Putnam Plans to Change Ambulance Service

Ambulnz operates in 26 states and the U.K.

Ambulnz operates in 26 states and the U.K. (Photo provided)

Outcry over last-minute move from EMStar to Ambulnz

Plans by Putnam County to replace EMStar with Ambulnz as the provider of county-wide ambulance service as of Jan. 1 sparked an outcry at the county Legislature’s Protective Services Committee meeting on Dec. 15.

During a contentious session in Carmel, Putnam officials defended the move as economically prudent. According to Alessandro Mazzotta, the county purchasing director, for the first year of a five-year contract, Ambulnz bid $1,487,390 while EMStar bid $1,918,992. He said that no other services demonstrated interest.

Beacon likewise stated this month that it intends to hire Ambulnz for $150,000 in 2022 to provide advance life support (ALS), treatment by paramedics for heart attacks, strokes and similar medical emergencies. By comparison, other ambulance staff, typically emergency medical technicians, supply basic life support to stabilize patients until they can reach a hospital.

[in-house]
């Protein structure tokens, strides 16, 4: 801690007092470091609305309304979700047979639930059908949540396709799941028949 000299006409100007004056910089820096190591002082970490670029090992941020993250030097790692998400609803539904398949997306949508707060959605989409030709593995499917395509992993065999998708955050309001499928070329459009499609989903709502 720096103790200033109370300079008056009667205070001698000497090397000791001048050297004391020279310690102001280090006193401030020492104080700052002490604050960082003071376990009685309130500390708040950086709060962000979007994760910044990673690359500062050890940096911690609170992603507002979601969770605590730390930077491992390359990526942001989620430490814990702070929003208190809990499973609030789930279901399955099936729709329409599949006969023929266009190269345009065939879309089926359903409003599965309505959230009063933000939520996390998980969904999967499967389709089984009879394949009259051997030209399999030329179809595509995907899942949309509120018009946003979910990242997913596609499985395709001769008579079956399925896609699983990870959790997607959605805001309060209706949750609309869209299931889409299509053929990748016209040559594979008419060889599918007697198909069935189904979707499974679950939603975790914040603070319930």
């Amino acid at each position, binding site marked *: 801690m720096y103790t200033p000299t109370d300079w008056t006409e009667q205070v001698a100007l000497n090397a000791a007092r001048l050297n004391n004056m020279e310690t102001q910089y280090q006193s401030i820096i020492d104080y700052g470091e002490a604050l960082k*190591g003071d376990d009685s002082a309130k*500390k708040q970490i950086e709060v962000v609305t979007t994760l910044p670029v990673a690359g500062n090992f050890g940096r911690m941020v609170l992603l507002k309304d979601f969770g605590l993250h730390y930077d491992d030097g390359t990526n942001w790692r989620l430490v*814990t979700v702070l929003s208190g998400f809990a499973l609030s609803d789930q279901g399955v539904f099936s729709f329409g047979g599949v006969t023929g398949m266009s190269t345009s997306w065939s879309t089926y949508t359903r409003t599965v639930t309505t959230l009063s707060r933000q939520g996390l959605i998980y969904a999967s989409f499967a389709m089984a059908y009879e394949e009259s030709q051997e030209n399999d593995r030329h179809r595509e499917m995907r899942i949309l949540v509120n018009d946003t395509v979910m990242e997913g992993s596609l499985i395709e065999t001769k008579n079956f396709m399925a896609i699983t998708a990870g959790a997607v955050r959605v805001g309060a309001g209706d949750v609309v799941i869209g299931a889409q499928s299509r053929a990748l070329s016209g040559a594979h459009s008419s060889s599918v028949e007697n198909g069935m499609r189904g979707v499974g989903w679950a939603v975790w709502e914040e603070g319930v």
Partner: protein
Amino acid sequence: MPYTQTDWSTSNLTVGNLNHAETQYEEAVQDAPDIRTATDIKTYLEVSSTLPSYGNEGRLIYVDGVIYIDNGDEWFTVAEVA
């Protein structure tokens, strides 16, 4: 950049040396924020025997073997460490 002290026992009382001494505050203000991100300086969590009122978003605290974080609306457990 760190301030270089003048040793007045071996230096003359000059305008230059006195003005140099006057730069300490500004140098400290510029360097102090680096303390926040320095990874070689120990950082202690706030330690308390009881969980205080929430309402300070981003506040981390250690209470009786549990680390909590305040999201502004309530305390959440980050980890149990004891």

EMStar, based in Poughkeepsie, merged this year with Empress Ambulances, headquartered in Westchester County. Ambulnz, which has a New York City office, operates in 26 states and the U.K.

Chris Tobin, president of the Philipstown Volunteer Ambulance Corps (PVAC), told legislators that the $431,602 that Putnam would save in 2022 by contracting with Ambulnz “is not worth it. You just put a price tag on life, and it’s bad. If there’s any way that you can reconsider this contract, you should” do so.

Nicholas Falcone, PVAC captain, said that for front-line medical workers, “it’s not about the dollar sign” on a contract “it’s about the patient care,” but that with Putnam County “I think it came down to the dollar sign.”